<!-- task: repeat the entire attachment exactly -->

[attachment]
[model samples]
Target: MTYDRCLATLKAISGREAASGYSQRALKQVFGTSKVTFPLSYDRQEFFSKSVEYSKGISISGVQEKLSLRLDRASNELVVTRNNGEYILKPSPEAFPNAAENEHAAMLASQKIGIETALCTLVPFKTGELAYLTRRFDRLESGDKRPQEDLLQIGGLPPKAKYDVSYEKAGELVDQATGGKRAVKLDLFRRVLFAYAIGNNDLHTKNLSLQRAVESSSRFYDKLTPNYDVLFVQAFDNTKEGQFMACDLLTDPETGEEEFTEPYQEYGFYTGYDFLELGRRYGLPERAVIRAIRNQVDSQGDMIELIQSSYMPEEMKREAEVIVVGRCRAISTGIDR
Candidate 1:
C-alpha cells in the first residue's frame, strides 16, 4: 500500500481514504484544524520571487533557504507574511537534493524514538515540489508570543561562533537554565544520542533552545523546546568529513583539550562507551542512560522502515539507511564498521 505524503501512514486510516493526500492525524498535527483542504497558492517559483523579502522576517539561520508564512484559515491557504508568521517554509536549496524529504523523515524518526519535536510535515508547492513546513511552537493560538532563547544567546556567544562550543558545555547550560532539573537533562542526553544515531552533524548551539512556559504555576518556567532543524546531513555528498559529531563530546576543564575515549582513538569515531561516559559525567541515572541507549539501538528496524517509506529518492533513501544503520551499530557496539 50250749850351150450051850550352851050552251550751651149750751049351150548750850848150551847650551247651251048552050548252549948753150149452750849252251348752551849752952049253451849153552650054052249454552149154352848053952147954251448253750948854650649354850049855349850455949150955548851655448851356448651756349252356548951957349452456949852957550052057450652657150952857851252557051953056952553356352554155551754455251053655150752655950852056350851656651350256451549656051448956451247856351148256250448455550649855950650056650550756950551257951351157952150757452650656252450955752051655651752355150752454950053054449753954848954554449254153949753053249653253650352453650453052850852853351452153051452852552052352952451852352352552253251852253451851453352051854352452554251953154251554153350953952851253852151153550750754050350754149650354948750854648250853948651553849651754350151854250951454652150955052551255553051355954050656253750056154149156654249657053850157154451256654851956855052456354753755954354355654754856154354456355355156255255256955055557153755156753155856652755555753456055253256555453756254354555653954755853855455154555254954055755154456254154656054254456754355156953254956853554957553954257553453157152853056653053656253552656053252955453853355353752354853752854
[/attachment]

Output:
[model samples]
Target: MTYDRCLATLKAISGREAASGYSQRALKQVFGTSKVTFPLSYDRQEFFSKSVEYSKGISISGVQEKLSLRLDRASNELVVTRNNGEYILKPSPEAFPNAAENEHAAMLASQKIGIETALCTLVPFKTGELAYLTRRFDRLESGDKRPQEDLLQIGGLPPKAKYDVSYEKAGELVDQATGGKRAVKLDLFRRVLFAYAIGNNDLHTKNLSLQRAVESSSRFYDKLTPNYDVLFVQAFDNTKEGQFMACDLLTDPETGEEEFTEPYQEYGFYTGYDFLELGRRYGLPERAVIRAIRNQVDSQGDMIELIQSSYMPEEMKREAEVIVVGRCRAISTGIDR
Candidate 1:
C-alpha cells in the first residue's frame, strides 16, 4: 500500500481514504484544524520571487533557504507574511537534493524514538515540489508570543561562533537554565544520542533552545523546546568529513583539550562507551542512560522502515539507511564498521 505524503501512514486510516493526500492525524498535527483542504497558492517559483523579502522576517539561520508564512484559515491557504508568521517554509536549496524529504523523515524518526519535536510535515508547492513546513511552537493560538532563547544567546556567544562550543558545555547550560532539573537533562542526553544515531552533524548551539512556559504555576518556567532543524546531513555528498559529531563530546576543564575515549582513538569515531561516559559525567541515572541507549539501538528496524517509506529518492533513501544503520551499530557496539 50250749850351150450051850550352851050552251550751651149750751049351150548750850848150551847650551247651251048552050548252549948753150149452750849252251348752551849752952049253451849153552650054052249454552149154352848053952147954251448253750948854650649354850049855349850455949150955548851655448851356448651756349252356548951957349452456949852957550052057450652657150952857851252557051953056952553356352554155551754455251053655150752655950852056350851656651350256451549656051448956451247856351148256250448455550649855950650056650550756950551257951351157952150757452650656252450955752051655651752355150752454950053054449753954848954554449254153949753053249653253650352453650453052850852853351452153051452852552052352952451852352352552253251852253451851453352051854352452554251953154251554153350953952851253852151153550750754050350754149650354948750854648250853948651553849651754350151854250951454652150955052551255553051355954050656253750056154149156654249657053850157154451256654851956855052456354753755954354355654754856154354456355355156255255256955055557153755156753155856652755555753456055253256555453756254354555653954755853855455154555254954055755154456254154656054254456754355156953254956853554957553954257553453157152853056653053656253552656053252955453853355353752354853752854